Whether it is offering your team opportunities to stretch their minds and resources or giving them time to study further or offering in-house skill-building opportunities – the organisation is the first port of call for an employee’s career development. Almost all employees look internally for professional growth opportunities, and when they don’t find it, they eventually leave!

You are probably thinking – “hey, we know all this! But there is only so much we can do with our budgets and resources.”

Agreed! It is not our intention to teach you your job, what we hope to do instead is highlight some companies that are implementing this successful programme – to maybe leave you a bit inspired for your next L&D meeting!

So, without further ado, here are a few career development initiatives we really liked –

Successful Career Development Initiatives

1. Pixar, AT&T, and Schneider Electric

Why we like them: Huge investment in creating university-style learning environment and infrastructure for all employees.

All these three global giants have invested a serious amount of time, money and thought into developing huge learning centers for their employees.

While at Pixar the focus remains on fostering creative thinking, at the AT&T University the scope is broader, and they have achieved this by partnering with well-known online and physical universities; all employees can choose from a large variety of courses developed in partnership with Georgia Tech and Udacity Inc.

At the other end of the spectrum is Schneider Electric; they have created a learning center that is very specific to their domain and offers over 200 courses on energy efficiency and data centers.

2. Culture Amp

Why we like them: The initiative lies with the employees, and it’s not all about professional learning – the initiatives are really about what the employee wants not what’s best for the company.

Culture Amp has really given the responsibility of learning to the people along with the tools. They have two great programmes which can be implemented by companies of all sizes –

Coaching for Everyone – Every single employee is provided with sessions with an executive coach or a life coach at 6, 12 and 24 months and they can use these sessions for anything they like – professional or personal issues.

Learn Yourself Up – a quarterly budget for training is open for all to use – for anything they like. Employees pay for a part of the course fees – a smaller percentage for professional courses and a higher one for a personal one. But again, it can be anything they like.

3. Optoro

Why we like them: Employees are given budgets to use as they see fit.

Optoro offers its employees an annual professional development budget that they can use – in conjunction with their managers – to further their professional skills.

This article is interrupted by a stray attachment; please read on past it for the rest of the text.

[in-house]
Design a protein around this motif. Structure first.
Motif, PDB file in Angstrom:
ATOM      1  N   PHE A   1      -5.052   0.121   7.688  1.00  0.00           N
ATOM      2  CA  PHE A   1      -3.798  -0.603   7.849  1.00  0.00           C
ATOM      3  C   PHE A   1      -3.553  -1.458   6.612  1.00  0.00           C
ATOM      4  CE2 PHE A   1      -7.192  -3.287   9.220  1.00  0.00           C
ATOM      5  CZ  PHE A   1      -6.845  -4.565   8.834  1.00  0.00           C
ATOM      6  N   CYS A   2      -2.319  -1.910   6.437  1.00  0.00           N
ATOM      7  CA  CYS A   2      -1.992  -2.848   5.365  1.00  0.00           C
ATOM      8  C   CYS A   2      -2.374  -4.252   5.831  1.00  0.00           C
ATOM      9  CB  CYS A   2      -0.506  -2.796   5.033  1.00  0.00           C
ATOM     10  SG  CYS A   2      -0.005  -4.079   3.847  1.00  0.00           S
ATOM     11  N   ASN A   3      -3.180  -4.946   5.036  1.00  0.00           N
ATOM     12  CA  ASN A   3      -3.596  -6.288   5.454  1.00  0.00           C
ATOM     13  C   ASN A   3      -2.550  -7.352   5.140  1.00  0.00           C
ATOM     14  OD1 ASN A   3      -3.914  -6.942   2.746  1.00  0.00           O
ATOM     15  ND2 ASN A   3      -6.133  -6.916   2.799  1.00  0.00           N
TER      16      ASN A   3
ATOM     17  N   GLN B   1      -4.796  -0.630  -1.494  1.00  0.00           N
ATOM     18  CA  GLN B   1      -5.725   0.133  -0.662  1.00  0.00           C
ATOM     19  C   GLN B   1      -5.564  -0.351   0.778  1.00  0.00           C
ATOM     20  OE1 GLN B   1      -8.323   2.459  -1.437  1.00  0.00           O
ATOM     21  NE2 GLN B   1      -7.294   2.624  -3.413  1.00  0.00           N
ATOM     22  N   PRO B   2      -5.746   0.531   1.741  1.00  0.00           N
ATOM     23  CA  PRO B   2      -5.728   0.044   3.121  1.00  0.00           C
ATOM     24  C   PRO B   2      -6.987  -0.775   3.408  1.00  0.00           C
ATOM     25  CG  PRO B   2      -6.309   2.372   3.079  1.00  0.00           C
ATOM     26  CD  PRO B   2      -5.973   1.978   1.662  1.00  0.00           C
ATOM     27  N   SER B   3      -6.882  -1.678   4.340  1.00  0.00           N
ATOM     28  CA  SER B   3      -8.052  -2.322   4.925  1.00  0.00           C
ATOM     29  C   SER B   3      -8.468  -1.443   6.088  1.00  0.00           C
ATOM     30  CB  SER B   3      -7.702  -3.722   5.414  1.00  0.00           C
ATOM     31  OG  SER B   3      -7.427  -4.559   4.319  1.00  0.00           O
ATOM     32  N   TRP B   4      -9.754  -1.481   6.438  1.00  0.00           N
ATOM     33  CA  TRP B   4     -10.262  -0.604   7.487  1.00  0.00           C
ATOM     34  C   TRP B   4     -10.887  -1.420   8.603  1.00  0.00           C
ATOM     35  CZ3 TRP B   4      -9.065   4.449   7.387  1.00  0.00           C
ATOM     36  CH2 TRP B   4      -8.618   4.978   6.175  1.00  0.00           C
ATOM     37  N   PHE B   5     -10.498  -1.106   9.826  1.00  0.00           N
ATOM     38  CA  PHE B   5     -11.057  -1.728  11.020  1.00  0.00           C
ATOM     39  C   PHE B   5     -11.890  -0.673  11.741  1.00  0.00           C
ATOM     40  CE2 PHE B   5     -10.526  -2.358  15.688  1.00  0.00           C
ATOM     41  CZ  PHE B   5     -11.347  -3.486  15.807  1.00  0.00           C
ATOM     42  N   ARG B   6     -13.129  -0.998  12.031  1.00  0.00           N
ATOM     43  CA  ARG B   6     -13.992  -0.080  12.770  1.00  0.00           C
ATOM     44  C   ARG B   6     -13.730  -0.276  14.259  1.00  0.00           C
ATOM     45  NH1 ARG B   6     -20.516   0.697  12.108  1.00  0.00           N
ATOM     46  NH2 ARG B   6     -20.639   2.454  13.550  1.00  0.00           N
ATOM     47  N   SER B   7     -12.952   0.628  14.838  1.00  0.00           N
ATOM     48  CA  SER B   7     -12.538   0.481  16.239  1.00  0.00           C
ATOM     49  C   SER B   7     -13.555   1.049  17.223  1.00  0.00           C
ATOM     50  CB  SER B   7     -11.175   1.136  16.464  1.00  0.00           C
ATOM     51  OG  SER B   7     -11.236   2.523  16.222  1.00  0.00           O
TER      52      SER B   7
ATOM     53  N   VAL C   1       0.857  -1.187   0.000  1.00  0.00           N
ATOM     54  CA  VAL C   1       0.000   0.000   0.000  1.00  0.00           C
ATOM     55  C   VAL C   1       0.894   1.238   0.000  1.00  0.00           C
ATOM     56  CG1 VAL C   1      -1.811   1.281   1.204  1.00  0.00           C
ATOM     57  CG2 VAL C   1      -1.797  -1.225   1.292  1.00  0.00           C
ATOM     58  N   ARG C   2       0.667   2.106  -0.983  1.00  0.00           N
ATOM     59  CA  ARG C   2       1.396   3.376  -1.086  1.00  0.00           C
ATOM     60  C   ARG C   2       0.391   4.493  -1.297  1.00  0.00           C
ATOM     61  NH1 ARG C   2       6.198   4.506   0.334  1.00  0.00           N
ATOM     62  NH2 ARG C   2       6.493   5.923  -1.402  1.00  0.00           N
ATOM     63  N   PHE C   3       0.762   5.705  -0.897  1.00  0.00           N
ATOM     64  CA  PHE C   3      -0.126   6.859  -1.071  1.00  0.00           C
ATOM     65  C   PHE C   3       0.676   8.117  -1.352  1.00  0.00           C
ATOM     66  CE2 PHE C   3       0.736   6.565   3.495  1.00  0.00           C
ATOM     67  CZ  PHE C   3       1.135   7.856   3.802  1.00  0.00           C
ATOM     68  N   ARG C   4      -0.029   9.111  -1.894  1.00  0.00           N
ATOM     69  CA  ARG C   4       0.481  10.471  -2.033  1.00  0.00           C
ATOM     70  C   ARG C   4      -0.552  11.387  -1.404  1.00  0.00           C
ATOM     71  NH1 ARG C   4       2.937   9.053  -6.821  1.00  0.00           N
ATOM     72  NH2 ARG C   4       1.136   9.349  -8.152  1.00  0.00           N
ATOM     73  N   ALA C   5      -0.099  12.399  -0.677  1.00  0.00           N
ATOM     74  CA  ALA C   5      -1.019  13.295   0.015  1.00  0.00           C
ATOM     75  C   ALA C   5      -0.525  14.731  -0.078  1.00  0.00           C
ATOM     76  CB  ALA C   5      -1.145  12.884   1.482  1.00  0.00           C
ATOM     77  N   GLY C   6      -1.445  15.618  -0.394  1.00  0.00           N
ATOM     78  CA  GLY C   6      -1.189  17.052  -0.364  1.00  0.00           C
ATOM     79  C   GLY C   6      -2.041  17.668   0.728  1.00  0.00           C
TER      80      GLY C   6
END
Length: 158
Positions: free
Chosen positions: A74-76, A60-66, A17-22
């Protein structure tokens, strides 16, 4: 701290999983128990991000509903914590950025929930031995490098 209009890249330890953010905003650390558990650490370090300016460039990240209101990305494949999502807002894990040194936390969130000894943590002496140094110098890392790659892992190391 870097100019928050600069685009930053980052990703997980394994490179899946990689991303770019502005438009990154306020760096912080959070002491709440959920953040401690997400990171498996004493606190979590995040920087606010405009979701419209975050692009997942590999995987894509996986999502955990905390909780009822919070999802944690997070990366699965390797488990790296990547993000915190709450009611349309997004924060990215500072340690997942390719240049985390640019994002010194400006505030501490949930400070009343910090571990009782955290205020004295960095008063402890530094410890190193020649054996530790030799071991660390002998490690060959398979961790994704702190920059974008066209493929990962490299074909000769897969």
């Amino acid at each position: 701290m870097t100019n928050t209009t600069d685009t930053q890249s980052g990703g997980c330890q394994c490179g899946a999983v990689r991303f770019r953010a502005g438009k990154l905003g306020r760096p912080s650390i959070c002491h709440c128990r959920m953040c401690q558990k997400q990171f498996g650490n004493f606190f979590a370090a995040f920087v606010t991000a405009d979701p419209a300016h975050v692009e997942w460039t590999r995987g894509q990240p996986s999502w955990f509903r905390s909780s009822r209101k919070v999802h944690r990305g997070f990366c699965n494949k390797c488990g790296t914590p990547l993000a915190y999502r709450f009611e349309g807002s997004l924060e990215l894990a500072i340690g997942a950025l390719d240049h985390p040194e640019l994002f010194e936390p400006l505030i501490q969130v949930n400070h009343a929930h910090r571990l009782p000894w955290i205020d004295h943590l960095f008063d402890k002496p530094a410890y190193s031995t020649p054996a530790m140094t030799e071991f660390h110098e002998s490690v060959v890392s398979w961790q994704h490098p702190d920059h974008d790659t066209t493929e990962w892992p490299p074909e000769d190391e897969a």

They also provide skills-based seminars on a plethora of topics the whole year round and actively encourage all employees to participate in the conferences, organizations and learning programs that will keep them expanding their professional knowledge.

4. Amazon

What we like: No questions asked, equal opportunity for all

If you have been an Amazon employee for at least one year then you are eligible for a course worth $12000!

The Career Choice Program by Amazon pre-pays 95% of tuition and fees for certificates and associate degrees in areas that are in high demand, such as aircraft mechanics, computer-aided design, machine tool technologies, medical lab technologies, nursing, and so on – regardless of whether they have any relevance to work at Amazon!


We doubt there is any organisation out there, large or small, that is not working hard to engage and motivate employees to the best of their abilities and budgets.

But, it is easy to get caught up in the business of running an organisation; of meeting targets and deadlines. Which is why you need to remember these three things –

  1. Employees WANT to be good at their work and they WANT the resources to do better.
  2. Career Development planning doesn’t have to be expensive, time-consuming or very elaborate – but it has to be meaningful.
  3. If you don’t fulfil the development aspirations of your employees, the most talented of them will leave. And this will cost you in the long run.

Whether you have a robust L&D programme or are just starting to put down the foundation of your career development policies, it always pays to understand the needs and aspirations of your employees and this is where we can help.

To know more click the Request Consultation button above.


Struggling to keep your millennial employees motivated?

Discover how to keep your new-age workforce engaged and loyal.